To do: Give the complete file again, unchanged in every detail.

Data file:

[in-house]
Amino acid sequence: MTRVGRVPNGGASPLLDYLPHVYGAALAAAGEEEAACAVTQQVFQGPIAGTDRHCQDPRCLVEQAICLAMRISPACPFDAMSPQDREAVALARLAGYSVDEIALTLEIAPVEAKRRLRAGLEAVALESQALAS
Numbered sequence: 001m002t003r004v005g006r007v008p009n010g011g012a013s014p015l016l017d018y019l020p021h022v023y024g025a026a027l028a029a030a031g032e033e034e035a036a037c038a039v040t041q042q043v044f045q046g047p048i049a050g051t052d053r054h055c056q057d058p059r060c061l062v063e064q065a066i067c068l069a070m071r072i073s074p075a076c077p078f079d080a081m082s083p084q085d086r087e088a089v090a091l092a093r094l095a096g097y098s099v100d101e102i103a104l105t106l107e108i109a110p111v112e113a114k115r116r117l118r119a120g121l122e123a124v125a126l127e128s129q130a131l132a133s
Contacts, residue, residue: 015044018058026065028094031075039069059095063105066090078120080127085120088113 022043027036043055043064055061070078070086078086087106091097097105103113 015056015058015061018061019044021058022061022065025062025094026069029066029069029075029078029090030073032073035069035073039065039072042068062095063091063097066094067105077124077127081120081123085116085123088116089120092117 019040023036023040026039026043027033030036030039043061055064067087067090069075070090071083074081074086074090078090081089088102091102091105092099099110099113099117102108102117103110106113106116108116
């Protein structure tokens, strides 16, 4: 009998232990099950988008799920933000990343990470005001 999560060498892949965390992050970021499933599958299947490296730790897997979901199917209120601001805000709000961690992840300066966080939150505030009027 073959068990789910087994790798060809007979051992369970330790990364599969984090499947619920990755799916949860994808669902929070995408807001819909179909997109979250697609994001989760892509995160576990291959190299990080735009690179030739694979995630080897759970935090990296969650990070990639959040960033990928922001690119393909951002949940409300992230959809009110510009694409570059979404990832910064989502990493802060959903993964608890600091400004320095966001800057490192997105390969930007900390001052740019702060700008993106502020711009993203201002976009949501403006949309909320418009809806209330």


[in-house]
Amino acid sequence: MTRVGRVPNGGASPLLDYLPHVYGAALAAAGEEEAACAVTQQVFQGPIAGTDRHCQDPRCLVEQAICLAMRISPACPFDAMSPQDREAVALARLAGYSVDEIALTLEIAPVEAKRRLRAGLEAVALESQALAS
Numbered sequence: 001m002t003r004v005g006r007v008p009n010g011g012a013s014p015l016l017d018y019l020p021h022v023y024g025a026a027l028a029a030a031g032e033e034e035a036a037c038a039v040t041q042q043v044f045q046g047p048i049a050g051t052d053r054h055c056q057d058p059r060c061l062v063e064q065a066i067c068l069a070m071r072i073s074p075a076c077p078f079d080a081m082s083p084q085d086r087e088a089v090a091l092a093r094l095a096g097y098s099v100d101e102i103a104l105t106l107e108i109a110p111v112e113a114k115r116r117l118r119a120g121l122e123a124v125a126l127e128s129q130a131l132a133s
Contacts, residue, residue: 015044018058026065028094031075039069059095063105066090078120080127085120088113 022043027036043055043064055061070078070086078086087106091097097105103113 015056015058015061018061019044021058022061022065025062025094026069029066029069029075029078029090030073032073035069035073039065039072042068062095063091063097066094067105077124077127081120081123085116085123088116089120092117 019040023036023040026039026043027033030036030039043061055064067087067090069075070090071083074081074086074090078090081089088102091102091105092099099110099113099117102108102117103110106113106116108116
């Protein structure tokens, strides 16, 4: 009998232990099950988008799920933000990343990470005001 999560060498892949965390992050970021499933599958299947490296730790897997979901199917209120601001805000709000961690992840300066966080939150505030009027 073959068990789910087994790798060809007979051992369970330790990364599969984090499947619920990755799916949860994808669902929070995408807001819909179909997109979250697609994001989760892509995160576990291959190299990080735009690179030739694979995630080897759970935090990296969650990070990639959040960033990928922001690119393909951002949940409300992230959809009110510009694409570059979404990832910064989502990493802060959903993964608890600091400004320095966001800057490192997105390969930007900390001052740019702060700008993106502020711009993203201002976009949501403006949309909320418009809806209330």